The dog does not, thankfully, pee on my car.
The dog leaves and I actually miss it.
My phone dies.
It gets dark.
The tow truck grumbles into view.
The tow truck driver is this average size rural New Yorker. Thick accent, doesn't mince his words. He steps out, takes one look at my car and says to me, "oh yeah, you're not covered for this."
The guy calls for backup, wraps a chain around one wheel and winches my car up out of the ditch. I can't describe the kinds of crunches and snaps and creaks and groans that my car makes coming the few feet out of that ditch, but echoing through the night it's about the worst sound I've ever heard.
This is when things get questionable.
The tow truck driver calls the cops and then he winches my car straight onto his flatbed. The cop shows up and asks me if I have insurance. I say yes, not realizing that I only have insurance to cover other drivers when I hit them, not to cover damage on my own car. I ask to start up the car and drive away. The tow truck driver refuses. He says he can unload my car off his truck and I can start it there, but if it doesn't start he's leaving me alone in the forest.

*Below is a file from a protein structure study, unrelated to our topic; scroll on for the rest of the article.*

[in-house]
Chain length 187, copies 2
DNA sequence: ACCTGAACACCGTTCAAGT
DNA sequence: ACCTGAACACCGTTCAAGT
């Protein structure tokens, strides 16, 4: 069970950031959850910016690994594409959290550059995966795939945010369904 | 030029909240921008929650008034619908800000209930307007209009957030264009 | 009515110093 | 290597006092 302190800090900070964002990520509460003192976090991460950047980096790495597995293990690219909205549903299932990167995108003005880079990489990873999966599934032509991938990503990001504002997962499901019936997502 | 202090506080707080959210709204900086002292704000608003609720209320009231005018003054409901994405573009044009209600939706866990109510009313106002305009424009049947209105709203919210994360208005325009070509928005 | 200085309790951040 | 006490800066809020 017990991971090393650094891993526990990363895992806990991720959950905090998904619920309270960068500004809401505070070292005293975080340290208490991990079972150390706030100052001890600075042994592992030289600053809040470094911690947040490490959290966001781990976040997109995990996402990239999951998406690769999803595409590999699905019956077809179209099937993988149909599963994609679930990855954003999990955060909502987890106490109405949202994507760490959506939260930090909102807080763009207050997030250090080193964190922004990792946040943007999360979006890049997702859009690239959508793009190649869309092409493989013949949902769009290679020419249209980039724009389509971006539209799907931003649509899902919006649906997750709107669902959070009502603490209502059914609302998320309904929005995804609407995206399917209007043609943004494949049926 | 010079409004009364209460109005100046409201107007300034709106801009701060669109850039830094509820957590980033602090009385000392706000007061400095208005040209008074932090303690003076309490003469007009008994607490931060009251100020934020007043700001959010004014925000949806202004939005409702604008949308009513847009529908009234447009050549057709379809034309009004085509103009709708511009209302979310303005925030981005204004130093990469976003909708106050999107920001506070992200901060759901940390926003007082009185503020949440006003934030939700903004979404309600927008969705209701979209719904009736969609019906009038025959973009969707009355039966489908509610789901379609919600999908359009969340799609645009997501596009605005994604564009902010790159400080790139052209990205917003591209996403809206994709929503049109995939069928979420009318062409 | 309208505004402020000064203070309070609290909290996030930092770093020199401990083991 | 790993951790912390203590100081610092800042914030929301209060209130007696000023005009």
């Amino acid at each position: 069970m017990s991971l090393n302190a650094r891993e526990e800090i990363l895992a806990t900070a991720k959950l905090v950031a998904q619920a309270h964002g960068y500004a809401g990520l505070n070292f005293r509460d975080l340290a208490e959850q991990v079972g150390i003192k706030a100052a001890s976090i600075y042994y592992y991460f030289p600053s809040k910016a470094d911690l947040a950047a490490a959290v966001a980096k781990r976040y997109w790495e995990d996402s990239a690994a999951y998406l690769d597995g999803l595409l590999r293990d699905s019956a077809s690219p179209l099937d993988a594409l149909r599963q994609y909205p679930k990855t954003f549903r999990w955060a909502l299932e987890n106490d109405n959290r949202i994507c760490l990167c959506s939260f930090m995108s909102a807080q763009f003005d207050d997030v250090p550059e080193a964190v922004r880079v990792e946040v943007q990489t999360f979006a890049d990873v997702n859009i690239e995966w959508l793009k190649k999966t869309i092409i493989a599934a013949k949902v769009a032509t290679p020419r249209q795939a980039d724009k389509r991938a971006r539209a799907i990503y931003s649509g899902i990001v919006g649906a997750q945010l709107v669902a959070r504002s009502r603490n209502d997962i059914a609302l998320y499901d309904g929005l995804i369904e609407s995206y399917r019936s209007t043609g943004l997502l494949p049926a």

The cop sides with the tow truck driver — he says my car is a road hazard, driving it is unsafe, and it has to get towed. The next morning I will find out that my car is indeed safe to drive, but I'm getting ahead of myself.
I ask again and again if I can just start my car to see if it runs. That way I can just limp home and not have to pay for a long tow and the storage fee for a night in an impound lot. "I have just one more question," I ask. The cop turns to me. "It had better not be about starting that goddamn car."
So the tow truck driver takes off with my Baja strapped onto the flatbed and the cop, probably taking pity on me, gives me a ride back into Cold Spring to get a train home to New York.
When I'd left that morning, I didn't expect to be in the back of a cop car by night. I didn't expect my dream car, the first car I've ever bought, the first car I've ever owned, the car that I dreamed of buying ever since I saw a grey Baja Bug just like it when I was growing up in my hometown in Northern California, to be towed to an impound lot in the middle of nowhere.
And on the train ride home, I think my heart broke. Little did I know that when I got home, things were about to get worse.
Stay tuned for part two of the Continuing Misadventures of Raphael and his Baja Bug, when he faces off against the tow truck driver yet again, gets totally and utterly defeated, and then stands up against State Farm itself. And succeeds. It gets worse before it gets better, people.
Photo Credits: Raphael Orlove